We had lunch at the summit and proceeded to the nearby LeConte shelter for our first night. The shelters here are set up for backpackers in lieu of tent camping. They are primitive, three-walled huts with dirt floors and two wooden planks on the back wall. Each plank fits 6 sleeping bags, which would be full by the time night fell.
Unlike some parks, the Smoky Mountains is heavily visited and you will only find solitude on the trail, whereas at camp, you will meet people from all over the world going one way or another on the mix of trails through the Appalachians.
Signs informed us that black bears were out of their dens, after their winter hibernation, and would be looking for food. Unfortunately the bears have been fed by tourists over the years, who either didn’t know their danger or didn’t care, and now some of them are “problem bears” that associate people with free food. Therein lies the problem: while they can seem timid and even “cute”, bears are large, often dangerous creatures and when they cross paths with people, attacks can occur. As with any camping in bear country, we hung our food and our packs high in the trees on the park-provided bear rigs.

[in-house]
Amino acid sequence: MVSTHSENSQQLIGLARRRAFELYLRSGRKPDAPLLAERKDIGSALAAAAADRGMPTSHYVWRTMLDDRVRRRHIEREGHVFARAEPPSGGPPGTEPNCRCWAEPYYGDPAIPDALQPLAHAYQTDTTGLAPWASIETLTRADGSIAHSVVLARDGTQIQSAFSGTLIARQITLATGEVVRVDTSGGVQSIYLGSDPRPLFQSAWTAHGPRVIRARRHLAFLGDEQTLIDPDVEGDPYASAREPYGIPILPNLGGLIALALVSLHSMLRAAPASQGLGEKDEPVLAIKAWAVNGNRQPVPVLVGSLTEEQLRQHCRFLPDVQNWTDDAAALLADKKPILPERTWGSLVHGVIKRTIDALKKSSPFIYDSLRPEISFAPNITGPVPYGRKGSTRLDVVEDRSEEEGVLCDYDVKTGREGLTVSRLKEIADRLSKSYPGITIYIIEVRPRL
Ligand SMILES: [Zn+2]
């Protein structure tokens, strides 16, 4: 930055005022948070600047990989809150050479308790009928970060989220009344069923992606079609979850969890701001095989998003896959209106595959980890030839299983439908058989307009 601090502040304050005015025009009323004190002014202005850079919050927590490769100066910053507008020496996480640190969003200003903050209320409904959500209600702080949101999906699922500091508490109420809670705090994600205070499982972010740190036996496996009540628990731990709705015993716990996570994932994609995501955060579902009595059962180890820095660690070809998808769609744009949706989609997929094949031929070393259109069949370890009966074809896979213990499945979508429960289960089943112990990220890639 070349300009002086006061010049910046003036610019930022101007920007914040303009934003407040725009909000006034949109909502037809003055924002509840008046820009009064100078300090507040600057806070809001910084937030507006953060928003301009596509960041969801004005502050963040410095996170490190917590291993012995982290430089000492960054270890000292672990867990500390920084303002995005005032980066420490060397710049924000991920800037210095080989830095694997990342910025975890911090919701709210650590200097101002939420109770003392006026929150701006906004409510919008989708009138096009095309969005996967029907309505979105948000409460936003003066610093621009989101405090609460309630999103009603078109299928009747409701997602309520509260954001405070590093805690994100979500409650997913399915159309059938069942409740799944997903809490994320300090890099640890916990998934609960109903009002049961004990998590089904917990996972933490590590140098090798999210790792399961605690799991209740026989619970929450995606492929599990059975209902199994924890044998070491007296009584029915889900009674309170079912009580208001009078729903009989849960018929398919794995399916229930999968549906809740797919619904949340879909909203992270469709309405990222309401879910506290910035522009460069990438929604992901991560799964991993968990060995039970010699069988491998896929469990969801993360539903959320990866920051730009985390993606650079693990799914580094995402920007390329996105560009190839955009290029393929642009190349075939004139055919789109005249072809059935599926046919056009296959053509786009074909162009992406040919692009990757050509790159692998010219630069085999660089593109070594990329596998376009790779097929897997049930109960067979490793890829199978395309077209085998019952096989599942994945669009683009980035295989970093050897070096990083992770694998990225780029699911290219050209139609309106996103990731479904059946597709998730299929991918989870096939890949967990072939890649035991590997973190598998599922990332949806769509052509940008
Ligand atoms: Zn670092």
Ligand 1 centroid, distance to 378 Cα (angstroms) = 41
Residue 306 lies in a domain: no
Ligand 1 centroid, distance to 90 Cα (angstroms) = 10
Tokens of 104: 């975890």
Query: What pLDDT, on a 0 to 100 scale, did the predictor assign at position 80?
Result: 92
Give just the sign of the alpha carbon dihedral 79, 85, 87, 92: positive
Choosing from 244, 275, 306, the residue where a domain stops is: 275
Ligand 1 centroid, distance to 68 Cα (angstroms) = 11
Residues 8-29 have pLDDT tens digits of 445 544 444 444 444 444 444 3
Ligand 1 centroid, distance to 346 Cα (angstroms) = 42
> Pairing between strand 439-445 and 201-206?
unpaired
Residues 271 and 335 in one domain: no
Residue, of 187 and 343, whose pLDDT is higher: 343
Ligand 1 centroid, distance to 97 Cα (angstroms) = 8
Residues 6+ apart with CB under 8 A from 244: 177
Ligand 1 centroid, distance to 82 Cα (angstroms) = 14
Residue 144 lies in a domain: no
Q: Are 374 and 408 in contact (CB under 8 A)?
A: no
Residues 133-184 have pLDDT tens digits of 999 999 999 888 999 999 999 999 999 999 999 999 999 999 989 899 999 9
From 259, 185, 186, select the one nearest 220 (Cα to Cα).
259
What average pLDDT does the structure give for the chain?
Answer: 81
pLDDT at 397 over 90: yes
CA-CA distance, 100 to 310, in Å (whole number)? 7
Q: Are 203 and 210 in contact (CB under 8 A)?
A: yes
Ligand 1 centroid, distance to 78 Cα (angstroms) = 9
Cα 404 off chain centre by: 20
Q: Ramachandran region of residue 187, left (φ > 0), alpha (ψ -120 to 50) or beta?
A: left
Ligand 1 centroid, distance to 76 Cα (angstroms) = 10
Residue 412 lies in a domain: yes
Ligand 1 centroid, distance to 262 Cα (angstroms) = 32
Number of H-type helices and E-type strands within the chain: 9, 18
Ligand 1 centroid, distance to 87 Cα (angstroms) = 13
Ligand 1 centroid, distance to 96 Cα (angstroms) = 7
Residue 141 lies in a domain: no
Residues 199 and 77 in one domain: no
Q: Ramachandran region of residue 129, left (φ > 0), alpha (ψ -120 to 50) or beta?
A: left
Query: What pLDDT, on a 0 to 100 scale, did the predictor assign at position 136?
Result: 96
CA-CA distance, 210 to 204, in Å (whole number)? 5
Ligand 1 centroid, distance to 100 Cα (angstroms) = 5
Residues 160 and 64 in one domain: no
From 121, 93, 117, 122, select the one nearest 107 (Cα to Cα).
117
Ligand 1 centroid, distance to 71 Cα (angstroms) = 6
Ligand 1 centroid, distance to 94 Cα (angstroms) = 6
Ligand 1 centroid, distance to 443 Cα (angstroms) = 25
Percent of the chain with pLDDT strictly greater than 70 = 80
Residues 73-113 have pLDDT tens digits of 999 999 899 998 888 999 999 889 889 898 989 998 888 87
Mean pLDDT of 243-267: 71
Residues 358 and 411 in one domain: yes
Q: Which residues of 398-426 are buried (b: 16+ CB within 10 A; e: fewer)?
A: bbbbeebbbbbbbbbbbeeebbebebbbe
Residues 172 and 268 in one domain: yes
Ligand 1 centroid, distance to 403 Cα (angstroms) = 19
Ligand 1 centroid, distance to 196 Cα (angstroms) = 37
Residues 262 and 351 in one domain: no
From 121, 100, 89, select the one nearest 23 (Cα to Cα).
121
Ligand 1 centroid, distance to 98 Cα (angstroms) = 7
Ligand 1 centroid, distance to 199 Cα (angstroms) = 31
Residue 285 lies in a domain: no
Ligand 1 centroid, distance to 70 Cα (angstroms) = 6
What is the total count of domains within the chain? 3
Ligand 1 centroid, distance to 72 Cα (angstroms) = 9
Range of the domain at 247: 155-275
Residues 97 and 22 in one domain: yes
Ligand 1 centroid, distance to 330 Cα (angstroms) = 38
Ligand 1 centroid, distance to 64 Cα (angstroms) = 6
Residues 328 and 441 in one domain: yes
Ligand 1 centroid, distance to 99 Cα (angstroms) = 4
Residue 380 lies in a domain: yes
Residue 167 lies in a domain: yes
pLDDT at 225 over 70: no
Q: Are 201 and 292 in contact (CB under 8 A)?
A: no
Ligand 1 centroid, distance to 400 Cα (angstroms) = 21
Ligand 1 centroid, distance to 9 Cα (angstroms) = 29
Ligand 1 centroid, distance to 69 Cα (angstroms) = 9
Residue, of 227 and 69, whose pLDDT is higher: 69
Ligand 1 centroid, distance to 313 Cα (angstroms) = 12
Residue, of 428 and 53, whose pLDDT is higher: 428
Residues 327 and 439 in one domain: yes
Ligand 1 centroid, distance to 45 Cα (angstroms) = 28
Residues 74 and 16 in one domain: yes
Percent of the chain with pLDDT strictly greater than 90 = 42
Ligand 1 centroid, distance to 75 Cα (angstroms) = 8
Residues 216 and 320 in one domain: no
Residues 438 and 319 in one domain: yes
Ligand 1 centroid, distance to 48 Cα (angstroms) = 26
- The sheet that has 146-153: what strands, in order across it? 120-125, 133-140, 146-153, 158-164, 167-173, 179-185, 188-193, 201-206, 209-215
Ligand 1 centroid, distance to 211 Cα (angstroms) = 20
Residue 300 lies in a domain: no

We made another trip up to the summit of Mt. LeConte for the sunset. There were several other hikers in the audience. This sunset was one none of us would ever forget. If you ever have the chance to watch the sun rise or set from the top of a mountain, don’t pass it up.
The night was cold, as a winter storm blew over the mountains. Even with the relative protection of the shelter walls, the frigid wind found its way through every crack and gap in the wood and made for a restless and shivering night with very little sleep.
If you’ve ever gotten out of a sleeping bag on a freezing morning, you know what we mean when we say it’s the worst part of your day – it’s absolutely agonizing for a few minutes. The morning was filled with conversations with our shelter bunkmates, who were strangers the night before but friends the following day. We warmed up, cooked a quick breakfast and headed up the Boulevard Trail.